British grocery giant Tesco is trying out a new, more frictionless type of self-service kiosk, as grocers around the world are trying new ways to save on cashier labor and boost store efficiency.
The United Kingdom grocer announced Thursday (Nov. 23) that it is adding scan-free kiosks to its Tesco Fulham Reach Express store. Consumers walk up to these devices, which will show a list of all the items they have picked. The shopper can then review the list and pay without having to scan each product.
“We are constantly searching for the perfect formula to make the shopping trip as seamless and convenient as possible,” Tesco Head of Store Customer Experience Sarah Quiggin said in a statement. “We will be watching closely to see how customers react to this potential new option of having a list of their shopping presented to them automatically.”
The move marks the latest in ongoing efforts by grocers around the world to find new, more cost-effective and consumer-friendly self-service technologies in an effort to save on labor and boost store efficiency. Smart shopping carts, for one, are becoming increasingly common throughout the industry.
Earlier this month, for instance, A2Z Smart Technologies Corp’s flagship smart cart product, Cust2Mate announced a partnership with French grocery giant Carrefour to supply 2,000 carts, expected to arrive in the first half of next year. Days earlier, back stateside, Geissler’s Supermarkets, an IGA retailer with locations in Connecticut and Massachusetts, announced it is introducing Instacart’s smart Caper Carts to all seven of its stores.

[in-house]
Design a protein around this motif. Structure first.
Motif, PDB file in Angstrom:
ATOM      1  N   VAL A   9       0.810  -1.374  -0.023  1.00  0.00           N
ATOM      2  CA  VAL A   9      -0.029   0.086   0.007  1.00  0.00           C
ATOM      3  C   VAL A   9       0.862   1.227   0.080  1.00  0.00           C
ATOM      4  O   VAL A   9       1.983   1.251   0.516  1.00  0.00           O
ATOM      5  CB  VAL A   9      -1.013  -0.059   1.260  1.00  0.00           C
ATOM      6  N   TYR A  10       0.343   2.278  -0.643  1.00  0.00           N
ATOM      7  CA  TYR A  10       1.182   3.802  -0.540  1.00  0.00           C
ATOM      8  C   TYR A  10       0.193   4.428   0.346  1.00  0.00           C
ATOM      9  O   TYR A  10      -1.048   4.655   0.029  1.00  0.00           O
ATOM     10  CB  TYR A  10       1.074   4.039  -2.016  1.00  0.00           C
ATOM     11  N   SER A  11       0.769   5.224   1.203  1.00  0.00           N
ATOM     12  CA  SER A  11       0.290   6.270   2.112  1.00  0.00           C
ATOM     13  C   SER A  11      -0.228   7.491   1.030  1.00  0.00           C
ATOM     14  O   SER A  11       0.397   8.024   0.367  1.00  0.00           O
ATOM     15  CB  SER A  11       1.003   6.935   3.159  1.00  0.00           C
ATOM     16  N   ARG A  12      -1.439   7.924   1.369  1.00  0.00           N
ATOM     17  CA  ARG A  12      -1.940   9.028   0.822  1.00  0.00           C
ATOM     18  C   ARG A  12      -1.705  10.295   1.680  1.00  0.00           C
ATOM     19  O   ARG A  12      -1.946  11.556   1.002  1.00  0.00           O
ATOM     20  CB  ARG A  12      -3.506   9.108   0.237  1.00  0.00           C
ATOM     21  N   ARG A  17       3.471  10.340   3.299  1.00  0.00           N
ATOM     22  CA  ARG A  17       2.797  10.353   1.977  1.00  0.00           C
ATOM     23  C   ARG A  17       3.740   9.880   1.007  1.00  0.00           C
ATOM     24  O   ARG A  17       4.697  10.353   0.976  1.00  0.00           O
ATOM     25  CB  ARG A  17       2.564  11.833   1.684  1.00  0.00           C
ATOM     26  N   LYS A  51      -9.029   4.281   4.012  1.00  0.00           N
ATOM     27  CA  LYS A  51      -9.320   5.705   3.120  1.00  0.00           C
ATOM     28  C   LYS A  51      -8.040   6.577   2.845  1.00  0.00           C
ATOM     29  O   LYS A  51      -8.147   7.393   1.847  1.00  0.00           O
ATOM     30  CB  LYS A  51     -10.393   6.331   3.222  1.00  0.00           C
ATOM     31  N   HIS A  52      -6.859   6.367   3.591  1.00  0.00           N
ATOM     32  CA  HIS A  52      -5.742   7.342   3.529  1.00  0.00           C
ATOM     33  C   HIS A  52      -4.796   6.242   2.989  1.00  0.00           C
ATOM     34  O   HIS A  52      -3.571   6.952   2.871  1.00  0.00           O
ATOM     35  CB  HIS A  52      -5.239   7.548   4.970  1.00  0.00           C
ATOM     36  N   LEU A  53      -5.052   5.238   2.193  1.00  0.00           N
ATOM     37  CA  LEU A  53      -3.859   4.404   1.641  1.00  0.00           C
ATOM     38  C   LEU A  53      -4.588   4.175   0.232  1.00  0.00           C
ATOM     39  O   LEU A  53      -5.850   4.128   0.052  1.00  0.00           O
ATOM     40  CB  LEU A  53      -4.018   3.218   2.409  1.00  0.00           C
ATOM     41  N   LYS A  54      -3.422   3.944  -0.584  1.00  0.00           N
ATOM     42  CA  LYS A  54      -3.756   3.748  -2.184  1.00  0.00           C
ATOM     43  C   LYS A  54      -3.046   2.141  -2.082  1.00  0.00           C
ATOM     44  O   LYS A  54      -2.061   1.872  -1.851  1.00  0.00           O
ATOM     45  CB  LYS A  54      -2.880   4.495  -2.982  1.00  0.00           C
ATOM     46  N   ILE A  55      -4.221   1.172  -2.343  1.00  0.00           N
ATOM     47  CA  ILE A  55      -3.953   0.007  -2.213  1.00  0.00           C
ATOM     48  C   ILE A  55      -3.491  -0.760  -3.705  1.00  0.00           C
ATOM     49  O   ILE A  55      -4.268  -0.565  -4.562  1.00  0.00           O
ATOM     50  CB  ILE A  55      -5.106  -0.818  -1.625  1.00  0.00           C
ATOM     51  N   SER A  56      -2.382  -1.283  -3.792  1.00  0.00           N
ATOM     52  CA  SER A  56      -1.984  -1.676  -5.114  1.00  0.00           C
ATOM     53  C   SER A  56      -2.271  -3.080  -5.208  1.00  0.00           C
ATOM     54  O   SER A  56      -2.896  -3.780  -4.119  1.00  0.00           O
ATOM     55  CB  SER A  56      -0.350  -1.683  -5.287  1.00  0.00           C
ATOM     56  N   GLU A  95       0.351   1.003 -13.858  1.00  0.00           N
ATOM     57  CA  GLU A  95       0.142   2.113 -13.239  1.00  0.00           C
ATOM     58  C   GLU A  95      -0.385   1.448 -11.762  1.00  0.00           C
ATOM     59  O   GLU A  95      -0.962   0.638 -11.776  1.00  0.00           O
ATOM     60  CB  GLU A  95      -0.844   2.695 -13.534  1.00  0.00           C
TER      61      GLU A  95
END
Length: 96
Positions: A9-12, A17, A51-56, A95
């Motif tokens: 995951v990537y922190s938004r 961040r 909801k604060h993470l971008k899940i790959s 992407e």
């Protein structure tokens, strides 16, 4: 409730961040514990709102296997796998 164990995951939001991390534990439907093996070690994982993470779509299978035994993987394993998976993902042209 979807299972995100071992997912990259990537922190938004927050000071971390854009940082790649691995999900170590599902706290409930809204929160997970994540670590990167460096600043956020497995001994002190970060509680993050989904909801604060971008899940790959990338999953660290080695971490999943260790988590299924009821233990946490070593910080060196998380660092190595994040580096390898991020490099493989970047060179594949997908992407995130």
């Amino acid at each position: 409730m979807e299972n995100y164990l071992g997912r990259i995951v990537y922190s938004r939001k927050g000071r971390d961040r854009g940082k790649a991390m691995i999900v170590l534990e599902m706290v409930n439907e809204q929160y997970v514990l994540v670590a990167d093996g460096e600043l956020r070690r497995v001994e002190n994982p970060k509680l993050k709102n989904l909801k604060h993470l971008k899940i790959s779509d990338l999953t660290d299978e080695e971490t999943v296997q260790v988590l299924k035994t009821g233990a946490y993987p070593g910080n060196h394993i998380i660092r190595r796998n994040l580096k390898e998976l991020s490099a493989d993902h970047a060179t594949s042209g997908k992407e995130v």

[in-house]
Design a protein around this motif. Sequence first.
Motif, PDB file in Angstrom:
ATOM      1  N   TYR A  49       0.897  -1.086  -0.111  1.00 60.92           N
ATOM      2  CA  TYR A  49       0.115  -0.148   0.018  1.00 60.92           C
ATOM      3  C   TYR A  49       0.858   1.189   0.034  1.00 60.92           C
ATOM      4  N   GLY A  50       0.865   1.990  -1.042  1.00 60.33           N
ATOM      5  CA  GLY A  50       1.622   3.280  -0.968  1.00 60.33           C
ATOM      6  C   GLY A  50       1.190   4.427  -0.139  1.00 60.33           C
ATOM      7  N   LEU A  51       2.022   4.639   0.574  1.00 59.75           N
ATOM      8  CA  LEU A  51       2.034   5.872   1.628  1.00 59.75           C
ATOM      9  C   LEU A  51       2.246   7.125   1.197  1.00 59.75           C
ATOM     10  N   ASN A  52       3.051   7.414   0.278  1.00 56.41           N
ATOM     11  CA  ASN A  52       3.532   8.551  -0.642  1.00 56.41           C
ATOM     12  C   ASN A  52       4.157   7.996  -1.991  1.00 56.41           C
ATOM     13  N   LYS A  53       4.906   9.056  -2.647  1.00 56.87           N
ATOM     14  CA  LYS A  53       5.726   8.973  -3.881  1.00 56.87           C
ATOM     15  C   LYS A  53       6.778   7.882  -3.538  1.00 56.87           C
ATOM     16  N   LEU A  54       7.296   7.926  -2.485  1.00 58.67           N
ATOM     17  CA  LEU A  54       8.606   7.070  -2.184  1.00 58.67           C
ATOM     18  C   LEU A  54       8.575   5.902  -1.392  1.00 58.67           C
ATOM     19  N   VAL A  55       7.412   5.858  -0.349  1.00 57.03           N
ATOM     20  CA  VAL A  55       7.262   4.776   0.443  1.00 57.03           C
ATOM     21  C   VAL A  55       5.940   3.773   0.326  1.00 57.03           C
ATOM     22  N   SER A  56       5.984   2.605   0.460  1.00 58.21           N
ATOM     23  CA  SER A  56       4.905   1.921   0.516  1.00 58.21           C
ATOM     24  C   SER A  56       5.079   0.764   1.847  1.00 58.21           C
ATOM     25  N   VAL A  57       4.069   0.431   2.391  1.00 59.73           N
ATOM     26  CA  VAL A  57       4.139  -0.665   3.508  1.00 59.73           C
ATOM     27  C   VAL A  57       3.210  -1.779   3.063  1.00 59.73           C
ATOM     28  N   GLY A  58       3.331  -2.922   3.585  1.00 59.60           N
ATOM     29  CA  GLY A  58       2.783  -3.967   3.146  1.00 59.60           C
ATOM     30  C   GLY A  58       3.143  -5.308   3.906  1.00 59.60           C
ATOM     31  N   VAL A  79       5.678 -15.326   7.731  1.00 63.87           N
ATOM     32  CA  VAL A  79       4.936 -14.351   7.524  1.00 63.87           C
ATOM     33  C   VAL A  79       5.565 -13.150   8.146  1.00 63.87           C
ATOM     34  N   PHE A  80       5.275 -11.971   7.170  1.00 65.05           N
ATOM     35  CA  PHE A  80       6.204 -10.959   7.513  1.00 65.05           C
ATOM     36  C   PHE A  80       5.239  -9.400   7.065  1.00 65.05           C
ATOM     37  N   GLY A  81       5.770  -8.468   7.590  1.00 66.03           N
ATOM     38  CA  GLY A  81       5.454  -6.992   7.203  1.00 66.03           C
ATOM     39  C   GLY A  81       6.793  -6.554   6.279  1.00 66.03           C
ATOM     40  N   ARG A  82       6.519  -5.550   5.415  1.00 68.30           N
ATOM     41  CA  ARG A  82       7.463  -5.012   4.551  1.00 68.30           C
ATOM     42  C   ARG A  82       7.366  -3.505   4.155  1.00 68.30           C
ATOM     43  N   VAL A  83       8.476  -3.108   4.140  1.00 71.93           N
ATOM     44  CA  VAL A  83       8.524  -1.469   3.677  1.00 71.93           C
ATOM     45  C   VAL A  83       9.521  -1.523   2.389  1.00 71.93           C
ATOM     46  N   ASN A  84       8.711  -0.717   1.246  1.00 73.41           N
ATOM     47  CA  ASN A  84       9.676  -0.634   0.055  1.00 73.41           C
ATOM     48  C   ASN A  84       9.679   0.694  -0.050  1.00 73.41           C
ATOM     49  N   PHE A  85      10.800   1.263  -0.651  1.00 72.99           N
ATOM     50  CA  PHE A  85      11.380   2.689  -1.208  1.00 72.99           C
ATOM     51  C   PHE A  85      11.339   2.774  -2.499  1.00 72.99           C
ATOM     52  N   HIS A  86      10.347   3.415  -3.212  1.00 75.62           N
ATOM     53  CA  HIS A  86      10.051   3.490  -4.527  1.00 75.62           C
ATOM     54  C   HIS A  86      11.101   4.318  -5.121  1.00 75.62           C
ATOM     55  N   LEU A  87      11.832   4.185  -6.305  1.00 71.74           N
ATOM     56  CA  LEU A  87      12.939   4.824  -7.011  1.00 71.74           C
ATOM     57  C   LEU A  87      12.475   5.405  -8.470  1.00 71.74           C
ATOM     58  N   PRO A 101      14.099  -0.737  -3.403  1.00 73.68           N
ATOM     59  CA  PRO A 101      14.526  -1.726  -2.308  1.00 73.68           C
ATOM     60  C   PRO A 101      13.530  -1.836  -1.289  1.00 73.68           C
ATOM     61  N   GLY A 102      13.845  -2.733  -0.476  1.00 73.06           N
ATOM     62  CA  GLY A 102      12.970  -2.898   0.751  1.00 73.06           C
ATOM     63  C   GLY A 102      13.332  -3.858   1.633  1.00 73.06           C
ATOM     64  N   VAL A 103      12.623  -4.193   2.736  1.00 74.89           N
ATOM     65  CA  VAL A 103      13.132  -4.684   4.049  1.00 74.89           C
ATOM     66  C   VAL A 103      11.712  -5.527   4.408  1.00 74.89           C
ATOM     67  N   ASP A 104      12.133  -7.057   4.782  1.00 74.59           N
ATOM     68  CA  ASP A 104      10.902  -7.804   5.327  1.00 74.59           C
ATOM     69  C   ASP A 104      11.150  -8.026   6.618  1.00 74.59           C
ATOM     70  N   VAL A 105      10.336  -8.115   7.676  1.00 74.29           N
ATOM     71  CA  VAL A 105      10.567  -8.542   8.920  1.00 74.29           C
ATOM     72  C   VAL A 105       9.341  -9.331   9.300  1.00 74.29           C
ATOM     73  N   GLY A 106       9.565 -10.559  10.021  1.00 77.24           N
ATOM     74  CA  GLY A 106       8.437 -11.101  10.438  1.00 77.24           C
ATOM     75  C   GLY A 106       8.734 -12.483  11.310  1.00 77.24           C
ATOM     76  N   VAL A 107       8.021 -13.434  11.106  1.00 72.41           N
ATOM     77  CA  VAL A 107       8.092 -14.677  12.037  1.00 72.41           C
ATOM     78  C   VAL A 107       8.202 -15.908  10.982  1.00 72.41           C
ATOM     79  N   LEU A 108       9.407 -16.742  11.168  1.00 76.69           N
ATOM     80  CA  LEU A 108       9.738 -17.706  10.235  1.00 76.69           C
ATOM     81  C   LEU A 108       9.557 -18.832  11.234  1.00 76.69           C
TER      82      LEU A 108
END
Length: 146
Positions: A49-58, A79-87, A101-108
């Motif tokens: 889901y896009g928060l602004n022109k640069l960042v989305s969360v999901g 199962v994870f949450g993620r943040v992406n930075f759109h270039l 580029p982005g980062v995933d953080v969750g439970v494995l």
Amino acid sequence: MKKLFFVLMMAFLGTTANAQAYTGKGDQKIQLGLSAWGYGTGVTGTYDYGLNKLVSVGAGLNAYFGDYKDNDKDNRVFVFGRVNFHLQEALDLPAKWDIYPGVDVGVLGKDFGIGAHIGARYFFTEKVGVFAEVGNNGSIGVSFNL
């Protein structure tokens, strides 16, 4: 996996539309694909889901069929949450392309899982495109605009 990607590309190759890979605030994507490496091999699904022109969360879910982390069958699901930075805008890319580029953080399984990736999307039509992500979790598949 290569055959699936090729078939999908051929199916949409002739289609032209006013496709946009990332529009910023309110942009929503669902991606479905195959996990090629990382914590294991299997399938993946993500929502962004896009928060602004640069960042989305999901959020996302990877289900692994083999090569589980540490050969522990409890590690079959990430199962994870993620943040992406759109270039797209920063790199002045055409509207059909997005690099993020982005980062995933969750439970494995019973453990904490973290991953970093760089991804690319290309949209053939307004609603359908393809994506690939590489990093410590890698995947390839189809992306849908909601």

In an interview earlier this year with PYMNTS, Cust2Mate CEO Guy Mordoch said the carts yield a 30% higher average basket size compared to regular shopping carts, and noted that, in the future, the company will be able to use these carts to glean “insights that are driven from data,” using these to power “advertisements and retail media on the cart.”
Instacart, in addition to its smart carts, has also been offering Scan & Pay self-checkout options to grocers as part of its Connected Stores push. Earlier this year, the aggregator announced its first such deployment of the own-device self-service capability.
The technology is relatively uncommon, but more merchants are exploring the possibilities of this kind of system. According to the study “The Instant Payments Transformation Guide: Grocery, Pharmacy and Convenience Retailers,” a PYMNTS Intelligence and ACI Worldwide collaboration, which drew from a survey of 300 United States and United Kingdom retailers, 28% of U.S. merchants, including grocers, are investing in in-app scan-and-go capabilities.
Additionally, Just Walk Out and other, similar computer-vision-powered solutions that enable consumers to pick items off shelves and leave the store with them are becoming more common.
The majority of consumers, however, are not particularly interested in such checkout systems. PYMNTS Intelligence’s report “How We Will Pay Report: How Connected Devices Enable Multitasking Among Digital-First Consumers,” which draws from a survey of more than 4,600 U.S. consumer, finds that one in three would be interested in this kind of checkout experience, and 6% of connected device users already utilize this checkout method.
In fact, if Amazon’s recent moves are any indication, consumers continue to demand more traditional self-checkout options.
Earlier this fall, Charlie Mills, head of in-store and local marketing at Amazon Fresh, announced that at a location in London, the company has implemented traditional self-checkout kiosks in addition to its existing frictionless checkout system. Plus, months earlier, Bloomberg reported that Amazon is adding self-checkout kiosks to several Fresh stores in the United States.